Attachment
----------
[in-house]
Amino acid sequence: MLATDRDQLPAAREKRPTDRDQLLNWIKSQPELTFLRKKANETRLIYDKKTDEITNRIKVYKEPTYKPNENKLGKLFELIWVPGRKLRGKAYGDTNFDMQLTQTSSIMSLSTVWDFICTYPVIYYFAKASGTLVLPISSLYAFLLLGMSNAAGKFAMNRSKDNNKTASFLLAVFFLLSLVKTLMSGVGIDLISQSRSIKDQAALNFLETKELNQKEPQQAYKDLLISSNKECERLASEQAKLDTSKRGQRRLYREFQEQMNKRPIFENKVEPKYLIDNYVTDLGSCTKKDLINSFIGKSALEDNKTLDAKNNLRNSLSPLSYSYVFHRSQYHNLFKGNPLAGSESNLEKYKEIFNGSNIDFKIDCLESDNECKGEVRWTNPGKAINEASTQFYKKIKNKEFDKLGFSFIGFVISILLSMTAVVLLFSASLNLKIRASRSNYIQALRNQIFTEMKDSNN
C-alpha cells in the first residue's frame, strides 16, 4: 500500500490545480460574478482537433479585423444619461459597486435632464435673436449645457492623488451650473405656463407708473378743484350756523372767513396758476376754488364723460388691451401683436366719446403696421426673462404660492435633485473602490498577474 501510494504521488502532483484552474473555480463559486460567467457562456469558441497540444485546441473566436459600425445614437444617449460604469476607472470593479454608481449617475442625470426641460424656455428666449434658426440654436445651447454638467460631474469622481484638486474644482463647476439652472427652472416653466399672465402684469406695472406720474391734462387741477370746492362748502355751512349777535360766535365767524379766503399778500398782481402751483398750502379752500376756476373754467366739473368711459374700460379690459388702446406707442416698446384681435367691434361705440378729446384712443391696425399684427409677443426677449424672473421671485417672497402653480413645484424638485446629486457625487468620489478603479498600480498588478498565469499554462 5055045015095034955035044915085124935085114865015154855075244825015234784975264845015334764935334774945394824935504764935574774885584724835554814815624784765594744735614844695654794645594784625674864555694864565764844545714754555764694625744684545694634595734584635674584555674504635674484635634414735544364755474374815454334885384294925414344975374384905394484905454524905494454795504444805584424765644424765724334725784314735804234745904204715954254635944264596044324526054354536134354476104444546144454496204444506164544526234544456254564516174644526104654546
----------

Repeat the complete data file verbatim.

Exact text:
[in-house]
Amino acid sequence: MLATDRDQLPAAREKRPTDRDQLLNWIKSQPELTFLRKKANETRLIYDKKTDEITNRIKVYKEPTYKPNENKLGKLFELIWVPGRKLRGKAYGDTNFDMQLTQTSSIMSLSTVWDFICTYPVIYYFAKASGTLVLPISSLYAFLLLGMSNAAGKFAMNRSKDNNKTASFLLAVFFLLSLVKTLMSGVGIDLISQSRSIKDQAALNFLETKELNQKEPQQAYKDLLISSNKECERLASEQAKLDTSKRGQRRLYREFQEQMNKRPIFENKVEPKYLIDNYVTDLGSCTKKDLINSFIGKSALEDNKTLDAKNNLRNSLSPLSYSYVFHRSQYHNLFKGNPLAGSESNLEKYKEIFNGSNIDFKIDCLESDNECKGEVRWTNPGKAINEASTQFYKKIKNKEFDKLGFSFIGFVISILLSMTAVVLLFSASLNLKIRASRSNYIQALRNQIFTEMKDSNN
C-alpha cells in the first residue's frame, strides 16, 4: 500500500490545480460574478482537433479585423444619461459597486435632464435673436449645457492623488451650473405656463407708473378743484350756523372767513396758476376754488364723460388691451401683436366719446403696421426673462404660492435633485473602490498577474 501510494504521488502532483484552474473555480463559486460567467457562456469558441497540444485546441473566436459600425445614437444617449460604469476607472470593479454608481449617475442625470426641460424656455428666449434658426440654436445651447454638467460631474469622481484638486474644482463647476439652472427652472416653466399672465402684469406695472406720474391734462387741477370746492362748502355751512349777535360766535365767524379766503399778500398782481402751483398750502379752500376756476373754467366739473368711459374700460379690459388702446406707442416698446384681435367691434361705440378729446384712443391696425399684427409677443426677449424672473421671485417672497402653480413645484424638485446629486457625487468620489478603479498600480498588478498565469499554462 5055045015095034955035044915085124935085114865015154855075244825015234784975264845015334764935334774945394824935504764935574774885584724835554814815624784765594744735614844695654794645594784625674864555694864565764844545714754555764694625744684545694634595734584635674584555674504635674484635634414735544364755474374815454334885384294925414344975374384905394484905454524905494454795504444805584424765644424765724334725784314735804234745904204715954254635944264596044324526054354536134354476104444546144454496204444506164544526234544456254564516174644526104654546